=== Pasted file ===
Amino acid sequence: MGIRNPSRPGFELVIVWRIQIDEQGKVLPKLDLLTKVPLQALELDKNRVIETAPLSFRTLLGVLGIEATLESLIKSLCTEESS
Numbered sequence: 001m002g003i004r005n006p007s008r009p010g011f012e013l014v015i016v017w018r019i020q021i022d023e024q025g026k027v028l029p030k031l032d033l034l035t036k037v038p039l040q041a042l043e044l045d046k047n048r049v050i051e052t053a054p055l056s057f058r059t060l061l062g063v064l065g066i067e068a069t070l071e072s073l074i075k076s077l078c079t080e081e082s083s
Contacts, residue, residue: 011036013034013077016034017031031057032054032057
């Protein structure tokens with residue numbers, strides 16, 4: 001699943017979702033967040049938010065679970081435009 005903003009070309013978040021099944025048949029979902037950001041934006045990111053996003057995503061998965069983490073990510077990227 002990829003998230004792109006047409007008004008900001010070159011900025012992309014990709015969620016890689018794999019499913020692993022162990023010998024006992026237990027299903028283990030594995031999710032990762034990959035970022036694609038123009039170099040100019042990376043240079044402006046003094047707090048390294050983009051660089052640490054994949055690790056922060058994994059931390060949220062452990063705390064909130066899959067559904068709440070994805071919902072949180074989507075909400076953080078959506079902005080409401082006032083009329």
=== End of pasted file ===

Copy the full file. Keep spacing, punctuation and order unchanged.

Amino acid sequence: MGIRNPSRPGFELVIVWRIQIDEQGKVLPKLDLLTKVPLQALELDKNRVIETAPLSFRTLLGVLGIEATLESLIKSLCTEESS
Numbered sequence: 001m002g003i004r005n006p007s008r009p010g011f012e013l014v015i016v017w018r019i020q021i022d023e024q025g026k027v028l029p030k031l032d033l034l035t036k037v038p039l040q041a042l043e044l045d046k047n048r049v050i051e052t053a054p055l056s057f058r059t060l061l062g063v064l065g066i067e068a069t070l071e072s073l074i075k076s077l078c079t080e081e082s083s
Contacts, residue, residue: 011036013034013077016034017031031057032054032057
């Protein structure tokens with residue numbers, strides 16, 4: 001699943017979702033967040049938010065679970081435009 005903003009070309013978040021099944025048949029979902037950001041934006045990111053996003057995503061998965069983490073990510077990227 002990829003998230004792109006047409007008004008900001010070159011900025012992309014990709015969620016890689018794999019499913020692993022162990023010998024006992026237990027299903028283990030594995031999710032990762034990959035970022036694609038123009039170099040100019042990376043240079044402006046003094047707090048390294050983009051660089052640490054994949055690790056922060058994994059931390060949220062452990063705390064909130066899959067559904068709440070994805071919902072949180074989507075909400076953080078959506079902005080409401082006032083009329």